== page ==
“Over a sandwich, we went from having a simple fundraising golf tournament for a veterans’ organization we were familiar with, to committing ourselves to raising what we estimated would take a minimum $10 million to build something we knew very little about,” Emerson said. “I like to think I would have made a good soldier — when a general and a Congressional Medal of Honor recipient asks you to do something, you say, ‘Yes, sir!’”
The outpouring of community support for the Fisher House Charleston has been substantial. From fraternities at The College of Charleston to Washington Light Infantry, numerous organizations, near and far, have come together to support this just cause. Charleston Mayor John Tecklenburg, who was present for the property’s groundbreaking ceremony, has praised the Fisher House Charleston for its dedication to bettering the lives of those who sacrifice so much.
“As of this past March, Fisher House Charleston, LLC successfully retired all of the debt that made the purchase of the property at 150 Wentworth Street possible,” Emerson said. “But, that does not mean we are finished with our financial needs. There is an existing historic carriage house on the property that we knew we would ultimately be required to restore. We are now in the preliminary process of developing plans for that restoration with the help of Skip Wallace, Mark Regalbuto and Erika Hayes who will help transform what is now a barely standing structure into a charming retreat that will become a truly unique addition to the complex.”
Studies show that having family members close by when being treated for various injuries can actually jumpstart the recovery process. There’s nothing quite like having a support system nearby to offer you motivation, comfort, and strength when facing some of the most intense, debilitating pain of your lifetime.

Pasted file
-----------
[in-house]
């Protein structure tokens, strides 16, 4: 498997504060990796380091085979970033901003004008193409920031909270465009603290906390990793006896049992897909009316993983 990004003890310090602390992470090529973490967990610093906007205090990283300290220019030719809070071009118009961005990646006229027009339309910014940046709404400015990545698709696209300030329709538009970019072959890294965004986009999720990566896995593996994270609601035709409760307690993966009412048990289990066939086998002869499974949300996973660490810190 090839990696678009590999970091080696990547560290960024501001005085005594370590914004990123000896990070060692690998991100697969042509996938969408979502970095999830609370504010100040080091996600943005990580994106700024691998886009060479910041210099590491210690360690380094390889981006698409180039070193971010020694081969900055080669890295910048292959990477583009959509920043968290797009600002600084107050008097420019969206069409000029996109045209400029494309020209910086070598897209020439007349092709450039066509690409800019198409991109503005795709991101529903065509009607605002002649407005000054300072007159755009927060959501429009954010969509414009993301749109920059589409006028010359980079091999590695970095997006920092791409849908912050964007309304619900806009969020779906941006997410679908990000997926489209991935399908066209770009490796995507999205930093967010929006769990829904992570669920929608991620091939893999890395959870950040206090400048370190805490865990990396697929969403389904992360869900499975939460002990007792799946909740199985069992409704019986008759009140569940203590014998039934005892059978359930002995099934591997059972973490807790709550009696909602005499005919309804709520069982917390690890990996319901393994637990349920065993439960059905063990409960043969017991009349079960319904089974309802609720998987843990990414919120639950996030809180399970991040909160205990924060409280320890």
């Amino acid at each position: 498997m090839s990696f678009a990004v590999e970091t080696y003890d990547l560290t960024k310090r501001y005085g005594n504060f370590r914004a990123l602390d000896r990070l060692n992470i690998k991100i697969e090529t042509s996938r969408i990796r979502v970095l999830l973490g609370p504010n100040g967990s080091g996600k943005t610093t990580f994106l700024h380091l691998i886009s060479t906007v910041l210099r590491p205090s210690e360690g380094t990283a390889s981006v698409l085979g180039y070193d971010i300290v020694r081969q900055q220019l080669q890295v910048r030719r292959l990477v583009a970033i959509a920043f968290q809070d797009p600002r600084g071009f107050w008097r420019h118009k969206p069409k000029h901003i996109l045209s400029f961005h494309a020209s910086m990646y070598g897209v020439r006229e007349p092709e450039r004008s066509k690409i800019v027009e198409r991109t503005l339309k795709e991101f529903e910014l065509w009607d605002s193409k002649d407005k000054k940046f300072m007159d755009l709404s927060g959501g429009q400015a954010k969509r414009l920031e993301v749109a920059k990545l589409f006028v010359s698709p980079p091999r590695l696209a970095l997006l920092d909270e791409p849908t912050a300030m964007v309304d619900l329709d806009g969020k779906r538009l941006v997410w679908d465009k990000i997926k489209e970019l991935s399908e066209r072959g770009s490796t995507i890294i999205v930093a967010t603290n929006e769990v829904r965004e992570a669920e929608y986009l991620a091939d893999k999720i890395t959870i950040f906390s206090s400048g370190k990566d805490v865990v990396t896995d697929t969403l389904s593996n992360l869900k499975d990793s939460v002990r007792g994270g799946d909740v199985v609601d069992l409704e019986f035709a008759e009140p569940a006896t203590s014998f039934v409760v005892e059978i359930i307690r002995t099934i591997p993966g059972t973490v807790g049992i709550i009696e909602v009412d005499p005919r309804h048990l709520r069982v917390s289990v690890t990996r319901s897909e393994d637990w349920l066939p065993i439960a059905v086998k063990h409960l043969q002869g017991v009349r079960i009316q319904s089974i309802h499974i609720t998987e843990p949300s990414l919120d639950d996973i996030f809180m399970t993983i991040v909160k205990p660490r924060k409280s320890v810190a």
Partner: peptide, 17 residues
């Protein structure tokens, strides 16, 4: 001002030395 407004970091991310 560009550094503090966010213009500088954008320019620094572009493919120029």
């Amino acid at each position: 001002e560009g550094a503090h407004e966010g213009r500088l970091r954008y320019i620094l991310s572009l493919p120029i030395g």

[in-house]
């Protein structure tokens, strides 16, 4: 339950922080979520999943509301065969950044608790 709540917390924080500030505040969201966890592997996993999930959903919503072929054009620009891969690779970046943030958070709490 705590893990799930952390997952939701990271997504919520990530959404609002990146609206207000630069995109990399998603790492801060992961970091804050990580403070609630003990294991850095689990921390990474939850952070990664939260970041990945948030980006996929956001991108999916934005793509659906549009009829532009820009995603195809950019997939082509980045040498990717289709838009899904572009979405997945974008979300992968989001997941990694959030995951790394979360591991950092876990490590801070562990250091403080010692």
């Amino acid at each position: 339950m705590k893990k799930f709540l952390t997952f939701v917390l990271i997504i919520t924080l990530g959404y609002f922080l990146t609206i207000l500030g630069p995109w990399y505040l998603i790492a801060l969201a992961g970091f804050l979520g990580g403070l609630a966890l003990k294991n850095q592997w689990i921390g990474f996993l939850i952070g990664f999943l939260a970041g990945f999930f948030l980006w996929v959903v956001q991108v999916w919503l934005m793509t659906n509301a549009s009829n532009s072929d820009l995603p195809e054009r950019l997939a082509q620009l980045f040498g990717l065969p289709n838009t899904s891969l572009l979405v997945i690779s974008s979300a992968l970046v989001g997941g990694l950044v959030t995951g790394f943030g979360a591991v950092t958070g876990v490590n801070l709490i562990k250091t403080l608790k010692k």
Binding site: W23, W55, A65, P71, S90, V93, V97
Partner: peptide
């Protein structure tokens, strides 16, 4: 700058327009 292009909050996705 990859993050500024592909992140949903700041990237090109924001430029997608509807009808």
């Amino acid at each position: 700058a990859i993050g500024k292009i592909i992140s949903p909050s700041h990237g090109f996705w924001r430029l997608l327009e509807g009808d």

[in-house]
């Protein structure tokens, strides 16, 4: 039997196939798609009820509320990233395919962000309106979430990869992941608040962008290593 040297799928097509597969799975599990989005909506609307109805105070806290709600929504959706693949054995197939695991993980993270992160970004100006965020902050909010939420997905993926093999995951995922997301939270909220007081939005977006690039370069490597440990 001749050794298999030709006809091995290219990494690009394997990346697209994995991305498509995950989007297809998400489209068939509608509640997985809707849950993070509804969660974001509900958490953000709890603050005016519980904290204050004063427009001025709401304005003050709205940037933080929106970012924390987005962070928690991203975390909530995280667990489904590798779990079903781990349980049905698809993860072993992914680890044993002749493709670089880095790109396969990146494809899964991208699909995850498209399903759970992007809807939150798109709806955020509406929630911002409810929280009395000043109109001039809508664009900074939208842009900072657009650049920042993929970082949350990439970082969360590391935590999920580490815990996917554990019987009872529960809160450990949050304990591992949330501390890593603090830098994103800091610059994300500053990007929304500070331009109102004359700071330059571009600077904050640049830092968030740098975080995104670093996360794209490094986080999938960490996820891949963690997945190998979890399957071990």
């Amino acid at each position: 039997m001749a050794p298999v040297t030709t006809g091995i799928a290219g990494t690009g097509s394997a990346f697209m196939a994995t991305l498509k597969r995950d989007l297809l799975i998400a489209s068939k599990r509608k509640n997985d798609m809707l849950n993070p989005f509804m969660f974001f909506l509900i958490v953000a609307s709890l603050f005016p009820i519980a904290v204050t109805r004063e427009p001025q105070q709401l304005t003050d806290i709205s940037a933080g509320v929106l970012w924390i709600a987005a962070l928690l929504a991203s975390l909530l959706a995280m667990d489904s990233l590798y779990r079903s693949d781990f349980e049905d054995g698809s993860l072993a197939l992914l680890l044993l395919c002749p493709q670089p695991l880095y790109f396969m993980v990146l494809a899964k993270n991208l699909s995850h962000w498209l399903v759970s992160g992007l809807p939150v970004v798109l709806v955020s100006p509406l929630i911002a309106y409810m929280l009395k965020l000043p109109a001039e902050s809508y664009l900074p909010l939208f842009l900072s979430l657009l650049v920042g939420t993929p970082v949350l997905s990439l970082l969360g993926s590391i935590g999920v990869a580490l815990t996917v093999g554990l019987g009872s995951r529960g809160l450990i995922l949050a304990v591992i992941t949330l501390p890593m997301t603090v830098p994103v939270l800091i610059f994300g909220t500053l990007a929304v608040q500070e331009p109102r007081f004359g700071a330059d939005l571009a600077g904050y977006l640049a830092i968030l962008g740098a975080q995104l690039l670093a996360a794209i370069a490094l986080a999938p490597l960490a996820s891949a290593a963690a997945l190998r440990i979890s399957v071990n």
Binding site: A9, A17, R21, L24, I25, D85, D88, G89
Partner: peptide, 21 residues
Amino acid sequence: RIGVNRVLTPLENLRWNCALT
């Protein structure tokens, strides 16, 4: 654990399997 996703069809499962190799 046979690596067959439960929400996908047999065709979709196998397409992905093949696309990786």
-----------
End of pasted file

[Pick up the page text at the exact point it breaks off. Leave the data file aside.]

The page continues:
“Working on Fisher House Charleston has truly been a life-changing experience,” Emerson said. “We have been so fortunate to meet some of the finest people that I do not think we would have encountered in our previous life. I get up each day with the wonderful feeling of knowing that there is a purpose in what we are doing that I never had before. It makes all of the hard work satisfying, and as we get to begin to see progress with the actual construction of a dream, I cannot tell you how exciting that is!”
In 2018, Fisher House Charleston will welcome families into the clean, bright, warm 14,425 square feet of living space — the finished product of a labor of love six years in the making. From food to bed linens and shower towels, everything will be provided for them. The Fisher House will truly be a home away from home, complete with all the amenities to make a stay not only comfortable but re-energizing.
“Nothing will be better than seeing the first guests of Fisher House Charleston come through our doors,” Emerson said. “We have heard so many stories about the families who have been so blessed by their Fisher House experience. I cannot wait until we have those stories about Fisher House Charleston!”
From crying as a little girl at the war scene in “Gone With the Wind” to now, sitting with mothers whose sons are Purple Heart recipients and listening to them recount their experiences, Emerson has always had a strong empathetic nature — one that supersedes obstacles put in her way. From scouting out the land where Fisher House Charleston will be to organizing fundraising initiatives to solidify this dream, Emerson won’t stop until she sees this project come to fruition. Once the paint dries on the exterior and the landscaping is planted, Emerson looks forward to leading families up to their quarters, giving them the full tour and eliminating their uncertainty of room and board while in The Holy City.
“Fisher House Charleston was something that was destined to be, at some point, one way or another,” Emerson said. “Trux and I just happened to come along at the right time, and had there not been that special guiding force that kept pushing us forward, I’m not sure where we would be now. I believe in miracles and in angels that make them happen.” E
For more information about Fisher House Charleston, including ways to get involved, visit fisherhousecharleston.org.